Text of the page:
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gp50t
Posted by IA and eastern on Saturday, May 29, 2021 2:24 AM

Would the GP50T have been longer than a regular GP50. Gary

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Posted by Overmod on Saturday, May 29, 2021 7:43 AM

This is PLI 92061.  I think Dave Goding will have specific information on this.

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Posted by bogie_engineer on Saturday, May 29, 2021 10:38 AM

IA and eastern

Would the GP50T have been longer than a regular GP50. Gary

 

I pretty sure it was to be the same length as a standard GP50 but I don't have copy of the general arrangement drawing to know positively, at most it would have 37' truck spacing - we always avoided anything closer to 39' to avoid lining up with rail joint spacing. I do recall it was to have two 48" cooling fans similar to an SD40T-2 which the higher fan speed tied to 950 rpm engine speed made work. It had a standard 3 cyl water cooled compressor in the normal location to the rear of the equipment rack with a curved shroud over it to keep it inside the engine compartment.

Dave 

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Posted by DanRaitz on Monday, May 31, 2021 10:13 AM

Not necessarily, by doing a quick and dirty (eye-ball) check of Athearn's BB SD40T-2 and GP50, the radiator sections are the same length.  So, you could feasibly take the radiator section of the SD40T-2 and graft it onto the GP50 with no increase in length.

 

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Posted by bogie_engineer on Monday, May 31, 2021 10:40 AM

DanRaitz

Not necessarily, by doing a quick and dirty (eye-ball) check of Athearn's BB SD40T-2 and GP50, the radiator sections are the same length.  So, you could feasibly take the radiator section of the SD40T-2 and graft it onto the GP50 with no increase in length.

 

As I said, I believe it was the same length, however, it's not the radiators that would drive the length, it's fitting two cooling fans below the radiators between the air compressor and the rear sandbox while not obstructing the forward fan inlet too severely. The cooling system consists of two parallel sets of 3 double length radiator cores (54" long, 30" wide, 6 tube rows deep) with the fans biased to the rear two double length cores which may make the forward core less effective - the fans need to be as far from the radiators as possible to make full use of the core length. No doubt the cooling system engineer would have made a physical mock-up and tested it to insure design performance if an order materialized, but that never happened.

Dave

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Posted by Overmod on Monday, May 31, 2021 11:32 AM

Stupid question: could these fan motors operate reliably if inclined slightly?  Unless I misunderstand how the fans are located relative to the access doors, I would think there's enough room with ducts above and below the fans to angle the forward one slightly even with 'obtrusion' into the intake space at the front.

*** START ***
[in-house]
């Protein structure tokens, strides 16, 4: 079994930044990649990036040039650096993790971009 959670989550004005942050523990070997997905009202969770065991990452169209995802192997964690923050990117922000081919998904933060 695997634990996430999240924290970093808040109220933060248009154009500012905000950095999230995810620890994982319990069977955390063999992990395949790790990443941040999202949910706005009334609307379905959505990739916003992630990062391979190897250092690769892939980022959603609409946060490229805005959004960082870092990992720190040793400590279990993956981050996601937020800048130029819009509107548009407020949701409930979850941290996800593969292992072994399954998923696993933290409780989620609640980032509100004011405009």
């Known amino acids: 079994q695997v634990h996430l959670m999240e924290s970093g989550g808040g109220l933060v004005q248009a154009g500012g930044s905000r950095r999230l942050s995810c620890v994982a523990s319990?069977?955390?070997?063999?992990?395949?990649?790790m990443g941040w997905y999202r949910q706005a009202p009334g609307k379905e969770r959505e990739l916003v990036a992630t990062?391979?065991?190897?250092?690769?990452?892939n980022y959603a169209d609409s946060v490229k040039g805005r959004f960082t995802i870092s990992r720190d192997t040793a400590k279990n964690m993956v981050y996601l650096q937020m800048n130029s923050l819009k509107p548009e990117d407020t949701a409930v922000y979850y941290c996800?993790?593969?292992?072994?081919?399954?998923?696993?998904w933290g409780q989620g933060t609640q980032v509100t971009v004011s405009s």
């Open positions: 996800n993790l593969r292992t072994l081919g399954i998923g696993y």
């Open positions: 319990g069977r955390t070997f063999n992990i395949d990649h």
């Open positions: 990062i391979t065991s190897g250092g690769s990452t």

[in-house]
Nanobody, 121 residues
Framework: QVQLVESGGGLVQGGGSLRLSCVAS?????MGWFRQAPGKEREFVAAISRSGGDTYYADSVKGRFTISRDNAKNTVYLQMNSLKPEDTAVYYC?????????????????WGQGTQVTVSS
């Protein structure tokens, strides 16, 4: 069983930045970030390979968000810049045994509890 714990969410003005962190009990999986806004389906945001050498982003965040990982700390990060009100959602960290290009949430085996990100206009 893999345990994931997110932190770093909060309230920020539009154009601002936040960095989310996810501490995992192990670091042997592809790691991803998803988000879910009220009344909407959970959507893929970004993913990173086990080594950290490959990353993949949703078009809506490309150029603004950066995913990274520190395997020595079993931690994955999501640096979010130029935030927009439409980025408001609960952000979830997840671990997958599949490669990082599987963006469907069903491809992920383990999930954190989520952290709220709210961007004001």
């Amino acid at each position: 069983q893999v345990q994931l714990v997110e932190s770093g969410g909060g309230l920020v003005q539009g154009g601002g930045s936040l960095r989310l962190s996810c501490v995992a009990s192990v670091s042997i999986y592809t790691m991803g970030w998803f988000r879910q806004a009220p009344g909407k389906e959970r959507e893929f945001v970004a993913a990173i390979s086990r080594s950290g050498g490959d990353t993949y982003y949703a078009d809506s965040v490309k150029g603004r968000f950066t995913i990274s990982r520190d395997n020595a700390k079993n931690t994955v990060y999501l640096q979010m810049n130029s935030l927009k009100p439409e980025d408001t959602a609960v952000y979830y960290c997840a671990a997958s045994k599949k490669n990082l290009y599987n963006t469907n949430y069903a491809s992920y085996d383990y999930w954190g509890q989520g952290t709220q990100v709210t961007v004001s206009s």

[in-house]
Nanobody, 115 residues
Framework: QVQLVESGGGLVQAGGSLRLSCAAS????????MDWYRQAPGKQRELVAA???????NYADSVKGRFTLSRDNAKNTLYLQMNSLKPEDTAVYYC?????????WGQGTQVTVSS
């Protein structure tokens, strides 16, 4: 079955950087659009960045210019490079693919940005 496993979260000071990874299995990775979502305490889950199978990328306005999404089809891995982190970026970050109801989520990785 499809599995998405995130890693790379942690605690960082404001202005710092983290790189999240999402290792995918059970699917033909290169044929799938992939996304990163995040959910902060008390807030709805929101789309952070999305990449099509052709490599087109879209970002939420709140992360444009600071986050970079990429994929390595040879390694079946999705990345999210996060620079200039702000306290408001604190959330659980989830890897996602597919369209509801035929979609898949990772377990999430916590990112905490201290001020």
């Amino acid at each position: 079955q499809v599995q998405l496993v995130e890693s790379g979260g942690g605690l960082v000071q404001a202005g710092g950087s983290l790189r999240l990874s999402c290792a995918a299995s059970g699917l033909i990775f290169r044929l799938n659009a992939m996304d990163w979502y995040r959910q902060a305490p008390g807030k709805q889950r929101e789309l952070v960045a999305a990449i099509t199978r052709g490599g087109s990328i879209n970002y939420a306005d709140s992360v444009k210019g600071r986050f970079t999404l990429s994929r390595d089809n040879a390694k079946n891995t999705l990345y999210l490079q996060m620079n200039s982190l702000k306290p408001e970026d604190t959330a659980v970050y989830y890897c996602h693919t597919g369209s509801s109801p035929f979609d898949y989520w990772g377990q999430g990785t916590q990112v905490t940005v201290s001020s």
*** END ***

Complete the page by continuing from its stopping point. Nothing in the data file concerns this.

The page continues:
Are there good available drawings that show the arrangement, or pictures with the fan inspection doors open?

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Posted by bogie_engineer on Monday, May 31, 2021 11:57 AM

On the T-2's as well as the GP15 and MP15AC, the fans were all mounted to a horizontal sheet the same as when they are on the roof. The only non-horizontal application I can recall is some Clyde built locos that had a fan mounted to a vertical sheet to pressurize the carbody to the extreme for keeping out dust, probably used in Australia but not sure. In any event, I think the fan would be fine mounted on an angled sheet but it makes the fabrication of the hood more difficult. I do recall the GP50T arrangement had a divider sheet between the fans with an offset to the middle of the radiator bank to help the flow equalize across the radiators.

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Posted by Overmod on Monday, May 31, 2021 12:50 PM

Thanks again!

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Posted by M636C on Tuesday, June 1, 2021 7:49 AM

bogie_engineer

On the T-2's as well as the GP15 and MP15AC, the fans were all mounted to a horizontal sheet the same as when they are on the roof. The only non-horizontal application I can recall is some Clyde built locos that had a fan mounted to a vertical sheet to pressurize the carbody to the extreme for keeping out dust, probably used in Australia but not sure. In any event, I think the fan would be fine mounted on an angled sheet but it makes the fabrication of the hood more difficult. I do recall the GP50T arrangement had a divider sheet between the fans with an offset to the middle of the radiator bank to help the flow equalize across the radiators.

 

 

Angled radiator cooling fans were a feature of all of Clyde Engineering's cab units, except for the AJ16C which had a mechanical fan drive and the AT26C which had conventional 48" fans on a flat roof.

The diagram of the Victorian B class shows the arrangement.

B class diesel diagram (victorianrailways.net)

With the lower clearances required in Australia, there wasn't room for the ducting above the engine to allow the single row of four 36" cooling fans characteristic of the F3 and later units. So the fans were placed on the curve of the roof immediately above the radiator cores.

The forward pressurising fans on the Clyde GT26C, JT26C and JT26C-2SS were set at an angle of about 30 degrees under the air intake, forwad side low.. This was visible on the GT26C which had  the lower side of the hood air intake vents angled to match the angle of the fan. These were 48" fans.

L 266 Kalgoorlie, 7001 - WAGR L class (diesel) - Wikipedia

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Posted by bogie_engineer on Tuesday, June 1, 2021 11:28 AM

Thanks Peter, I'd hope you respond. I distincly remember a Clyde loco arrangement drawing with a 48" fan on a vertical sheet but perhaps the EMD fan engineer had some reason not to do it so it was never built in that fashion. I know early production Q-fans, where the fan is beneath the motor, had bearing problems that required a beefed-up bearing to resolve so it could be the radial bearing capacity is inadequate for vertical mounting, as the bearing normally sees mostly a thrust load.

Dave